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Erika Metry is trying to figure out how to pay the mortgage on the tidy, three bedroom Inglewood home where she and her mother run a small childcare center that's now looking after kids of frontline workers.
The children she took care of pre-COVID-19 no longer come, but she's one of the lucky small-business owners who can keep their doors open during the pandemic. Metry has stayed afloat thanks in part to her partnership with WeeCare, a Marina Del Rey, venture-backed company that has been connecting essential workers to childcare providers.
As the pandemic has worn on, about half of the nation's childcare centers have closed and about a third of childcare homes have shuttered, according to a survey by the National Association for the Education of Young Children. Meanwhile, half of the employees that made up the industry are furloughed or out of a job.
That could be a major problem in California as everyone from distributors to retail sales clerks return to the workplace on Friday. Safety restrictions have severely cut how many children some facilities can take. So, parents of young children desperate to go back to work may find themselves not only jittery about returning a child to daycare, but there simply may not be room for them.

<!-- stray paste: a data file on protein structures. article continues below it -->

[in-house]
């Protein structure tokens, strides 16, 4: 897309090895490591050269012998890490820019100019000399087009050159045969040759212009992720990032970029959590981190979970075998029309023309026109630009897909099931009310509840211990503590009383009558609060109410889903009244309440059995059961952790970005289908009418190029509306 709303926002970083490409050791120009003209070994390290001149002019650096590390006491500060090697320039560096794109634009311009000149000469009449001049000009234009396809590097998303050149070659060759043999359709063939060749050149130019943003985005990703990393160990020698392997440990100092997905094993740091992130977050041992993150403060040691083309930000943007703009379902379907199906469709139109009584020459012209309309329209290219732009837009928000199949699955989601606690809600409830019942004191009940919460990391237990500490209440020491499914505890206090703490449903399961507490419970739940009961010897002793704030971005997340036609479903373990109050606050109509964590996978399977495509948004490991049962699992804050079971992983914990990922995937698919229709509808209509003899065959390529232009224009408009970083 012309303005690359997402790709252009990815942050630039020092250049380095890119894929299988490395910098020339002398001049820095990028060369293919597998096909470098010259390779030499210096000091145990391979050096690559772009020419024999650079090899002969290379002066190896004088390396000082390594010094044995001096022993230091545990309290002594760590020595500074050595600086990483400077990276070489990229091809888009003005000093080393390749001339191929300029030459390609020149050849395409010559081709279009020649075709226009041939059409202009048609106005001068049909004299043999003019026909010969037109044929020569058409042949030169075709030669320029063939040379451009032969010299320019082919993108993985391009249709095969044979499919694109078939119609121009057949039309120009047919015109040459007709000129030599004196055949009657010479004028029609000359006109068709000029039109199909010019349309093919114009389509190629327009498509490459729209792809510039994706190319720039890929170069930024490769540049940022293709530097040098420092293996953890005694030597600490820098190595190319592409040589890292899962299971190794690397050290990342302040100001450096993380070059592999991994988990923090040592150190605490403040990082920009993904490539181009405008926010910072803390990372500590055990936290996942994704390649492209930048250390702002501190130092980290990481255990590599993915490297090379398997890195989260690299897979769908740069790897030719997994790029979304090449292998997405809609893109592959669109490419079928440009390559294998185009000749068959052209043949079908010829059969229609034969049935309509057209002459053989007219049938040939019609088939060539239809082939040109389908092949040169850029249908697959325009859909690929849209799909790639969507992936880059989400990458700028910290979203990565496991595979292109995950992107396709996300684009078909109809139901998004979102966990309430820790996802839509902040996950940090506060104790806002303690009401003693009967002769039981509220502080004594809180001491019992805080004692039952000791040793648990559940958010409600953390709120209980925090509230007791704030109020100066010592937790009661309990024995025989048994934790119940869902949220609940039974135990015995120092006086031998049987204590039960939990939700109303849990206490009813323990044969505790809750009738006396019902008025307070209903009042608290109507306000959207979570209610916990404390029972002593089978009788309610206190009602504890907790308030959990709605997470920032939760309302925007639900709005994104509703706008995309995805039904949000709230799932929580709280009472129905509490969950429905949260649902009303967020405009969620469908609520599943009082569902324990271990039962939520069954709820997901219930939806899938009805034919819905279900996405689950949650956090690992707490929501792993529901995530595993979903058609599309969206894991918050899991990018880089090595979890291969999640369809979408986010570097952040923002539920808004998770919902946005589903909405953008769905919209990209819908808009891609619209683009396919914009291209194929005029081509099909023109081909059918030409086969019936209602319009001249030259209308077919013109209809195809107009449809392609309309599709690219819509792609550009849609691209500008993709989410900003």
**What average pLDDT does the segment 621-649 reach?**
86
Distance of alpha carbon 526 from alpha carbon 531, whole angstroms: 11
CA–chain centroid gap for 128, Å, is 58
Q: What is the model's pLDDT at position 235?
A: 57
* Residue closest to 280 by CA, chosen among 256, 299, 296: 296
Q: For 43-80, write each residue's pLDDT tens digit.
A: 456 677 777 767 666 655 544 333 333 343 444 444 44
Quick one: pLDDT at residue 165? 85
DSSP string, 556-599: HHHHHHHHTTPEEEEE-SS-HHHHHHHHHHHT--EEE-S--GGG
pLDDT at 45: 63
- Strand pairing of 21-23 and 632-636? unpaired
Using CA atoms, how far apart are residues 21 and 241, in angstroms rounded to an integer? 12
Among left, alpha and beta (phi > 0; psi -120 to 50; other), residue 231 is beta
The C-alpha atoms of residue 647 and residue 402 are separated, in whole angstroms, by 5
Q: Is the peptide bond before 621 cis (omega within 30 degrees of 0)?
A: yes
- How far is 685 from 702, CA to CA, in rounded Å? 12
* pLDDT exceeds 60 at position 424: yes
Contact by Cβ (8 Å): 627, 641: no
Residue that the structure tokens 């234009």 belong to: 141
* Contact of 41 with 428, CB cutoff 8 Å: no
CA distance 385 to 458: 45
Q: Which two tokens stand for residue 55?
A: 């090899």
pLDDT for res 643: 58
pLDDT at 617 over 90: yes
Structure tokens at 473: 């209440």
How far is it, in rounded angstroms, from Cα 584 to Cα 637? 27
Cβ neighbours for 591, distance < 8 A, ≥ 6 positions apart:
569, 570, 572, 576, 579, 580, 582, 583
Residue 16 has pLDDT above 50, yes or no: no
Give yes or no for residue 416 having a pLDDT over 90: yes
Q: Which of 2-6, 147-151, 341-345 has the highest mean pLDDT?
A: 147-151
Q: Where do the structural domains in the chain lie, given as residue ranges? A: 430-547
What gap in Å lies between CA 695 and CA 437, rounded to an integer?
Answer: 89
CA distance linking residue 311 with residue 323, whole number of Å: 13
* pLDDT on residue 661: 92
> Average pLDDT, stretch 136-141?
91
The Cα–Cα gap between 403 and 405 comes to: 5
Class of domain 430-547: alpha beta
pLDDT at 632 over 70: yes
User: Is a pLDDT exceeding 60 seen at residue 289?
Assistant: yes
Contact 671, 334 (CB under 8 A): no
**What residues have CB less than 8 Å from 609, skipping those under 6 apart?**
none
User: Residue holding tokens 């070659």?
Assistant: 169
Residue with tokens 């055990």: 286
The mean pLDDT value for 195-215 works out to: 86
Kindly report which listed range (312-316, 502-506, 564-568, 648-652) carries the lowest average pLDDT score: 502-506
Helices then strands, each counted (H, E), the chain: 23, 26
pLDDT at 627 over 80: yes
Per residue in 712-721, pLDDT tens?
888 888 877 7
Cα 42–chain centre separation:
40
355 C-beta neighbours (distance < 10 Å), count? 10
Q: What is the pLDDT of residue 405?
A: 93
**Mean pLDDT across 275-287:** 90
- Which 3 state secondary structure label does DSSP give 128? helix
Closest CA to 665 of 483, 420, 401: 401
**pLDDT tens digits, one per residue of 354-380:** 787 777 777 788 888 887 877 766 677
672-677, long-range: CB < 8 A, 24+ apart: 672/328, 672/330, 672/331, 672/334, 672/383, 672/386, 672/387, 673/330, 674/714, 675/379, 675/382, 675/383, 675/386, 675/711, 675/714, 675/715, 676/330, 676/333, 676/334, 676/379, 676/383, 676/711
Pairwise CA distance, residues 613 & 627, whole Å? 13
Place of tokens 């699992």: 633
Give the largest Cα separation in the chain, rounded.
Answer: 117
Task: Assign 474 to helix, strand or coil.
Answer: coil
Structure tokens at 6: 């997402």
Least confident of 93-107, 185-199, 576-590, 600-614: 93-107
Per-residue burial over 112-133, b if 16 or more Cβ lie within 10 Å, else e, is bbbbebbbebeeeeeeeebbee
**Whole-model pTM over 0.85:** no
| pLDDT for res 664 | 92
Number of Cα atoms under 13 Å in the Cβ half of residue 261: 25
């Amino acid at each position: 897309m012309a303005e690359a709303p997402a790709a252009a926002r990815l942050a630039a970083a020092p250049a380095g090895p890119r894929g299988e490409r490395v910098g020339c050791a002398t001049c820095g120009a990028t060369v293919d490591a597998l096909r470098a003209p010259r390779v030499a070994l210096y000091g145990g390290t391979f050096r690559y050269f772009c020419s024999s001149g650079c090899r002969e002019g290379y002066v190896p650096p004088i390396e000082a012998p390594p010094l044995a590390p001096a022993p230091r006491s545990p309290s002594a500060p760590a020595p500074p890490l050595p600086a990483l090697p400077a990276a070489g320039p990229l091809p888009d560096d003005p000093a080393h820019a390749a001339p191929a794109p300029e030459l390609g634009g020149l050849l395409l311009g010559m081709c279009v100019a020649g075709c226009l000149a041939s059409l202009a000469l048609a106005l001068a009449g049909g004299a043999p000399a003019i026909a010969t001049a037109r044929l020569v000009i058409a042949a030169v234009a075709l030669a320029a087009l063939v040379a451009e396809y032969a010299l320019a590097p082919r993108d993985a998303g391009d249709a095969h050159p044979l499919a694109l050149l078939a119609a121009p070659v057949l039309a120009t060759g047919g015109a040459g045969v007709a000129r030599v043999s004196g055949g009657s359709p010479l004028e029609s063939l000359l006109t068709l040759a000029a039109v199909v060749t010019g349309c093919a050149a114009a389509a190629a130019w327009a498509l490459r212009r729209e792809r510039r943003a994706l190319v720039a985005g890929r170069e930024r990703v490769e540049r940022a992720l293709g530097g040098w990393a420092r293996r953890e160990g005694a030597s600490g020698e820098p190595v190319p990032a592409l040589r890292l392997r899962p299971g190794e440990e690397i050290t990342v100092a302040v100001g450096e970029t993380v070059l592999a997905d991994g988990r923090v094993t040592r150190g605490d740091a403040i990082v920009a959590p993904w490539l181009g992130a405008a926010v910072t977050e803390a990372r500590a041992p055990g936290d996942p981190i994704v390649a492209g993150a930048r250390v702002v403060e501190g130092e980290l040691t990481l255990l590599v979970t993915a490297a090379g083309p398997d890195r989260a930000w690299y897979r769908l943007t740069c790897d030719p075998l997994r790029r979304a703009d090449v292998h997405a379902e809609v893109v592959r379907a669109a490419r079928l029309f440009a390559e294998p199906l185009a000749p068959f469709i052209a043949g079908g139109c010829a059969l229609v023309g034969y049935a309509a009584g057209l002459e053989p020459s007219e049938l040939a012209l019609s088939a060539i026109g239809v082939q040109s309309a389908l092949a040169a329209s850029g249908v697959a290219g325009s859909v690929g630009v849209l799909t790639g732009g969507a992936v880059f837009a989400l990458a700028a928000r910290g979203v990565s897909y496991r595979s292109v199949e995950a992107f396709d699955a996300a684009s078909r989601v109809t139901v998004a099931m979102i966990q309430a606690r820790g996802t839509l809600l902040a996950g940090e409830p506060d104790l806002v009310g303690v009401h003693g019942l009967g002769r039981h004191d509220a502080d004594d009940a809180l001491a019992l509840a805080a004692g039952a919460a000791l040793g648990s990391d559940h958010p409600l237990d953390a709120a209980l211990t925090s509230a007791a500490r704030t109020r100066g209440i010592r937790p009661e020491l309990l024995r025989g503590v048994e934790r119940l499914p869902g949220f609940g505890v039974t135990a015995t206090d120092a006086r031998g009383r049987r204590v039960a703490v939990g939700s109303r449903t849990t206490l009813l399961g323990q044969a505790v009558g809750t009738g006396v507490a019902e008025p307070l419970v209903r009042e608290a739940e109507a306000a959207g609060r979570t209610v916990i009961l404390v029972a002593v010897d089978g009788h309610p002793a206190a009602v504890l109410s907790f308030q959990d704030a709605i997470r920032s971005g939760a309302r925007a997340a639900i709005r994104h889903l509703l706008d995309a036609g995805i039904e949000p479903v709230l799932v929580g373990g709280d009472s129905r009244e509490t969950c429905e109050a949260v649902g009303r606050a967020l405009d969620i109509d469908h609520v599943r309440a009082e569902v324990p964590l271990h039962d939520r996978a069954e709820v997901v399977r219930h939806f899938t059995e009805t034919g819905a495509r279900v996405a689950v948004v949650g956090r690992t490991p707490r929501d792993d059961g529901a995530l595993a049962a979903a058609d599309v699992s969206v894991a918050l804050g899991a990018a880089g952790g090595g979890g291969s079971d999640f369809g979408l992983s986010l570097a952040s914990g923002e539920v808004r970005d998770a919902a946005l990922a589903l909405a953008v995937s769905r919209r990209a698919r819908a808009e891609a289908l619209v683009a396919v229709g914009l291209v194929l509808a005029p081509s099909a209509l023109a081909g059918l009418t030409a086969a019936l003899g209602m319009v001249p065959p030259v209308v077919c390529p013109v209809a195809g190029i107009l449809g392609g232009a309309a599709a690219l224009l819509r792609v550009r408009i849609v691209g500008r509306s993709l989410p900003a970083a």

And the winnowing capacity could strain the budgets of many care facilities with high rent costs and that were already operating on thin margins.
"We don't know what's going to happen next," Metry said. "We are waiting for all this to pass."
Metry's daycare Wonderland WeeCare can accommodate 14 children, but she's only been taking care of three since the outbreak.
In Los Angeles, childcare facilities have been able to stay open during the pandemic for essential workers, but with parents staying home more than half of centers closed. Meanwhile, many smaller home daycare centers like Metry's remained open.
"A number of the programs that have closed will not be able to reopen once the pandemic has subsided," said Rhian Evans Allvin, chief executive of the National Association for the Education of Young Children. She added that there was already a shortage of daycare before the pandemic swept the nation, and it may only get worse.
"What we don't know is if the overall supply lessens dramatically, how many providers will be left?" she said. "I would imagine that overall there will continue to be far more demand than there is supply."
The Center for American Progress has estimated the pandemic could eliminate as many as 4.5 million childcare slots nationwide.
"I think you could make the argument that larger providers can weather the storm longer because of how they're financed, but we've not been through this before," said Evans Allvin. "So I don't know."
Metry has been able to survive in part because of her association with WeeCare.
WeeCare CEO Jessica ChangPhoto courtesy of WeeCare.
Founded in 2017 by Jessica Chang, the company takes care of the administrative tasks for home daycare, helping with marketing and other functions. The service helps keep the costs low for the provider, making the service more affordable for parents. Since the COVID outbreak, it has helped ensure that everyone's temperature is checked through video monitoring.